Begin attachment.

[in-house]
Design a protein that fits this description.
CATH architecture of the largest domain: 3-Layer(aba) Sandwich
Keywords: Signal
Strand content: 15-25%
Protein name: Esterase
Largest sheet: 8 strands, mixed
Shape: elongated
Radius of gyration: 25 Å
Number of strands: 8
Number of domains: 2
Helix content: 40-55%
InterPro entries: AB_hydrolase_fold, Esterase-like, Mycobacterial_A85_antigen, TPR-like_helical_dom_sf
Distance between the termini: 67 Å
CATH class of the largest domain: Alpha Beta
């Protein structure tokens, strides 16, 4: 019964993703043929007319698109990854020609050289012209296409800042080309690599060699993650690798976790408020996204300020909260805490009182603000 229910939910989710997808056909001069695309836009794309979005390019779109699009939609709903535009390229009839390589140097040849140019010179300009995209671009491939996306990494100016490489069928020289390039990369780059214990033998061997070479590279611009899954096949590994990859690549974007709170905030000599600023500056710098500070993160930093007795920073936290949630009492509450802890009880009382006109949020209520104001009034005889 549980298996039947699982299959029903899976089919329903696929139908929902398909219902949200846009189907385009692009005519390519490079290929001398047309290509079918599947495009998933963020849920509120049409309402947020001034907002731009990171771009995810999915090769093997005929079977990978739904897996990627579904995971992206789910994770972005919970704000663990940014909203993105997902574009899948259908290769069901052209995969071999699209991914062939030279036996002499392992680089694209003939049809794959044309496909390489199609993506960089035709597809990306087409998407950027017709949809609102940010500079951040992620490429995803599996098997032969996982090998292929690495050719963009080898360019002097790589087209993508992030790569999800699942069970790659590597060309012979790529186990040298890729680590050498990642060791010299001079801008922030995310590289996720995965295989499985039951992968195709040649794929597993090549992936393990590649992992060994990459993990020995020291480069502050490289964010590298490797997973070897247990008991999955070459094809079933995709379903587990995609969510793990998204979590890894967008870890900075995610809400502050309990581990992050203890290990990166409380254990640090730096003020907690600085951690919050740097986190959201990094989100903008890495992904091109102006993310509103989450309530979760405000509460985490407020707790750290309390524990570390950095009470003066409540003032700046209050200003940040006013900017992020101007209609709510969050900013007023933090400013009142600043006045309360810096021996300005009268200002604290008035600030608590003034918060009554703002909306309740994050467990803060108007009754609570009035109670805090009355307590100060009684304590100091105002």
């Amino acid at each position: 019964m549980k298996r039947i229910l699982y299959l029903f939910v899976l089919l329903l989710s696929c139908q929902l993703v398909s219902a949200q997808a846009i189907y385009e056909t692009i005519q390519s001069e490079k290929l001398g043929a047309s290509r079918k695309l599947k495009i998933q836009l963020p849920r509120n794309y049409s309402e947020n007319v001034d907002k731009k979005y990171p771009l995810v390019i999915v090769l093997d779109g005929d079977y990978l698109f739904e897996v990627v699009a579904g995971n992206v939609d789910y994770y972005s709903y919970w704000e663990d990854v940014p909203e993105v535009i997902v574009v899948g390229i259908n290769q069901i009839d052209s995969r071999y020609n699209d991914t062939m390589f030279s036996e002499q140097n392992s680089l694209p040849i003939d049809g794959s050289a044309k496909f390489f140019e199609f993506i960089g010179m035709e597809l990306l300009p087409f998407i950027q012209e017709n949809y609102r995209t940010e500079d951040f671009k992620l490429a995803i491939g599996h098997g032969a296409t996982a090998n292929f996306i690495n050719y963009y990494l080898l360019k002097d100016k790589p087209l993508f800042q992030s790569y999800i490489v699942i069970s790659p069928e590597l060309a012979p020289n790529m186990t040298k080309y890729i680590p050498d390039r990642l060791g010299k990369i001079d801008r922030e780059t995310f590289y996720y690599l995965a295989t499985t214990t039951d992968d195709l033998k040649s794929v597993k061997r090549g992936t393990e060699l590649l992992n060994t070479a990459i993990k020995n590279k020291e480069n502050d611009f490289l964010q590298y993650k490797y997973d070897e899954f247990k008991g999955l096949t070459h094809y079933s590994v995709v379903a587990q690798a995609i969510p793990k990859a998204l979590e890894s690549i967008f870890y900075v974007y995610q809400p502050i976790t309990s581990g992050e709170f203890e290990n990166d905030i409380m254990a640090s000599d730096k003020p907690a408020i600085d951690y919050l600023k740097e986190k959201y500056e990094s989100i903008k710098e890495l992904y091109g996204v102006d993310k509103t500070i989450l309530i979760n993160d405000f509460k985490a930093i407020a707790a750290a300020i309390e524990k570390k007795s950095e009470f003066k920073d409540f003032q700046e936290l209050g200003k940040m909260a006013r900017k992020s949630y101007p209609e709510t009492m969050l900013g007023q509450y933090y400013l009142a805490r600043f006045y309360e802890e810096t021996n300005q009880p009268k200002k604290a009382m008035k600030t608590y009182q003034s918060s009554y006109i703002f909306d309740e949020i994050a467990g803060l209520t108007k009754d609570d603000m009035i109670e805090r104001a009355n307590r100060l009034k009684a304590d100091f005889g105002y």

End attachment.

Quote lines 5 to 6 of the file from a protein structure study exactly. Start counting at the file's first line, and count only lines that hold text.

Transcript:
Strand content: 15-25%
Protein name: Esterase